We were descending slowly. Every eye was on the alert. Zanda had stepped from the control room a moment before, and now she returned with the harness and weapons of a Martian warrior strapped to her slender form.

“Why those?” I asked.

“You may need an extra sword hand,” she replied. “You do not know against how many foemen you will be pitted.”

“Wear them, if you like,” I said, “but remain in the ship where you will be safe. Jat Or and I will take care of the fighting.”

“I shall go with you and fight with you,” said Zanda, quietly but emphatically.

I shook my head. “No,” I said; “you must do as I say and remain on this ship.”

She looked me steadily in the eye. “Against my will, you insisted upon making me a free woman,” she reminded me. “Now I shall act as a free woman and not as a slave. I shall do as I please.”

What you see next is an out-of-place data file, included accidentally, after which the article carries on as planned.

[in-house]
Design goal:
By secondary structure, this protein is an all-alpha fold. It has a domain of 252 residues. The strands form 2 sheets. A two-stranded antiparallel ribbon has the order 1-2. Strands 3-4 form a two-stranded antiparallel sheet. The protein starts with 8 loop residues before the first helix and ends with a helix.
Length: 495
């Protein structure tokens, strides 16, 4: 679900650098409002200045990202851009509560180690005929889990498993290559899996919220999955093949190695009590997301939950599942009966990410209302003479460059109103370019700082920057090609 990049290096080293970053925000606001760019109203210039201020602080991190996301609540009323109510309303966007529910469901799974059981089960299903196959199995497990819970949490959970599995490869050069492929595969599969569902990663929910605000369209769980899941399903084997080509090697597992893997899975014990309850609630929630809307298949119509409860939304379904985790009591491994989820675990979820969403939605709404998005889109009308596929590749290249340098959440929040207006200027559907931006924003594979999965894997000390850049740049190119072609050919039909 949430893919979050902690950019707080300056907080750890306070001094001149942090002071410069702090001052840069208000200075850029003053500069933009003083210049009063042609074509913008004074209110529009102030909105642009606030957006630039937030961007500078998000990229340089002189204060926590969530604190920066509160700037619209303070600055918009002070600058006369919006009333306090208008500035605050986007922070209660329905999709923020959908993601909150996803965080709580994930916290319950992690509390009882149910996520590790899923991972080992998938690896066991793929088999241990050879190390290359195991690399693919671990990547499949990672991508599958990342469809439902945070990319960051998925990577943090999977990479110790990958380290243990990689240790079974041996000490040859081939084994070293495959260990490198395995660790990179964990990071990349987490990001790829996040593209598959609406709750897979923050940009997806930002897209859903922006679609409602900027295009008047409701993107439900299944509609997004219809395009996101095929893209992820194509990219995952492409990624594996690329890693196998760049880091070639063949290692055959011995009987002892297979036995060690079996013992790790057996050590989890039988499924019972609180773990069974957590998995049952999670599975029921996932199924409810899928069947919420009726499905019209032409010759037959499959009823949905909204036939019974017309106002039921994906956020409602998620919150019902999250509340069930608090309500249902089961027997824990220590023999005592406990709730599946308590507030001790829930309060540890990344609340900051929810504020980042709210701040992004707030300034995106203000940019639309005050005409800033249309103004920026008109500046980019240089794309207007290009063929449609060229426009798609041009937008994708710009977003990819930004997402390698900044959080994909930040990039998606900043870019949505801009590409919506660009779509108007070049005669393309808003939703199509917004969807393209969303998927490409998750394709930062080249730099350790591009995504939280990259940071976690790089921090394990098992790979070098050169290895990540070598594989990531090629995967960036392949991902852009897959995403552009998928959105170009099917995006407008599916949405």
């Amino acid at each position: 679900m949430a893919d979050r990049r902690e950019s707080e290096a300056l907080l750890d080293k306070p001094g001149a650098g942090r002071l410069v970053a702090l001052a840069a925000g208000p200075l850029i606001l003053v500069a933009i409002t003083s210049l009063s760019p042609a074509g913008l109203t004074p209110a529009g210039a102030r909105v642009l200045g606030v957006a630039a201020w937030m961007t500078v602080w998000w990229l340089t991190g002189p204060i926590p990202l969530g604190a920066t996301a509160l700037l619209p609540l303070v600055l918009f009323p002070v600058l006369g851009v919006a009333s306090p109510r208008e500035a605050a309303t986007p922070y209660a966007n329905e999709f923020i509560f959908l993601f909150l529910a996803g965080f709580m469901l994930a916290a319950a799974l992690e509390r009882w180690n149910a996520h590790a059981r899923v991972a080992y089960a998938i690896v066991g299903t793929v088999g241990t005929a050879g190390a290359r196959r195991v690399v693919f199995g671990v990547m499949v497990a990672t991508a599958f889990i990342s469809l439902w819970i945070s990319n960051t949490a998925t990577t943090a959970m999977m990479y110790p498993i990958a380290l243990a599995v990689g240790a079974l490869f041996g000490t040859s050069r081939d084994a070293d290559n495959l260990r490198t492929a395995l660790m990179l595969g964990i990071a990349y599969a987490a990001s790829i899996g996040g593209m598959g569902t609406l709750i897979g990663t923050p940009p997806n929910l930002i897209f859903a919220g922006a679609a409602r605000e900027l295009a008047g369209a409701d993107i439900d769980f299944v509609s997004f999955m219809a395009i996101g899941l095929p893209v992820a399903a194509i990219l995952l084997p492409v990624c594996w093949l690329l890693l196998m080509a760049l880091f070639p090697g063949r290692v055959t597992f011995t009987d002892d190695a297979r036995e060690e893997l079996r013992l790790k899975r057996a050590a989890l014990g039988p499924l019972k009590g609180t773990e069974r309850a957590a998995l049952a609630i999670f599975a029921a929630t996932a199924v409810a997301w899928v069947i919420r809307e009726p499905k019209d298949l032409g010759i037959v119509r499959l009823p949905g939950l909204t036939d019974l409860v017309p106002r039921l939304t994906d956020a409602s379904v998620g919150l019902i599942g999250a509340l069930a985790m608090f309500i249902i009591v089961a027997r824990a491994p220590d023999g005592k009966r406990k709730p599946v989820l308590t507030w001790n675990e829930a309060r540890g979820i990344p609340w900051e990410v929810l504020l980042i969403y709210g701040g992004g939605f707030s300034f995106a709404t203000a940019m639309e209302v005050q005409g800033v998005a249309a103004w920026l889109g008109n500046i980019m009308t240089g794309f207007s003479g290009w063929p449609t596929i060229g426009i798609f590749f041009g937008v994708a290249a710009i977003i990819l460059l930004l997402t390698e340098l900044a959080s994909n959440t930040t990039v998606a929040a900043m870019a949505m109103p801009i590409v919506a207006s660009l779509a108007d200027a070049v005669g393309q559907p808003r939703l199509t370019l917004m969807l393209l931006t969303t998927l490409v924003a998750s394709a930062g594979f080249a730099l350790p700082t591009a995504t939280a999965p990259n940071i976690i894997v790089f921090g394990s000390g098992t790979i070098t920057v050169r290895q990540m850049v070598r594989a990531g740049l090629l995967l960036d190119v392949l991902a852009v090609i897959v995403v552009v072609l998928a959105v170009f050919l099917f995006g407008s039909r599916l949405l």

I had to smile at that. “Very well,” I said; “but if you come with us, you will have to take your chances like any other fighting man. Jat Or and I may be too busy with our own antagonists to be able to protect you.”

“I can take care of myself,” said Zanda, simply.

“Please stay on board,” pleaded Jat Or solicitously; but Zanda only shook her head.

Our ship had settled quietly to the ground beside that of Gar Nal. I caused the door in the port side to be opened and the ladder lowered. Still there was no sign of life either on the other craft or elsewhere about the castle. A deathly silence hung like a heavy mantle over the entire scene.

Just a moment I stood in the doorway looking about; and then I descended to the ground, followed by Jat Or and Zanda.

Before us loomed the castle, a strange weird building of unearthly architecture, a building of many towers of various types, some of them standing alone and some engaged in groups.

Partially verifying Fal Sivas’s theory of the tremendous mineral wealth of the satellite, the walls of the structure before us were constructed of blocks of precious stones so arranged that their gorgeous hues blended and harmonized into a mass of color that defies description.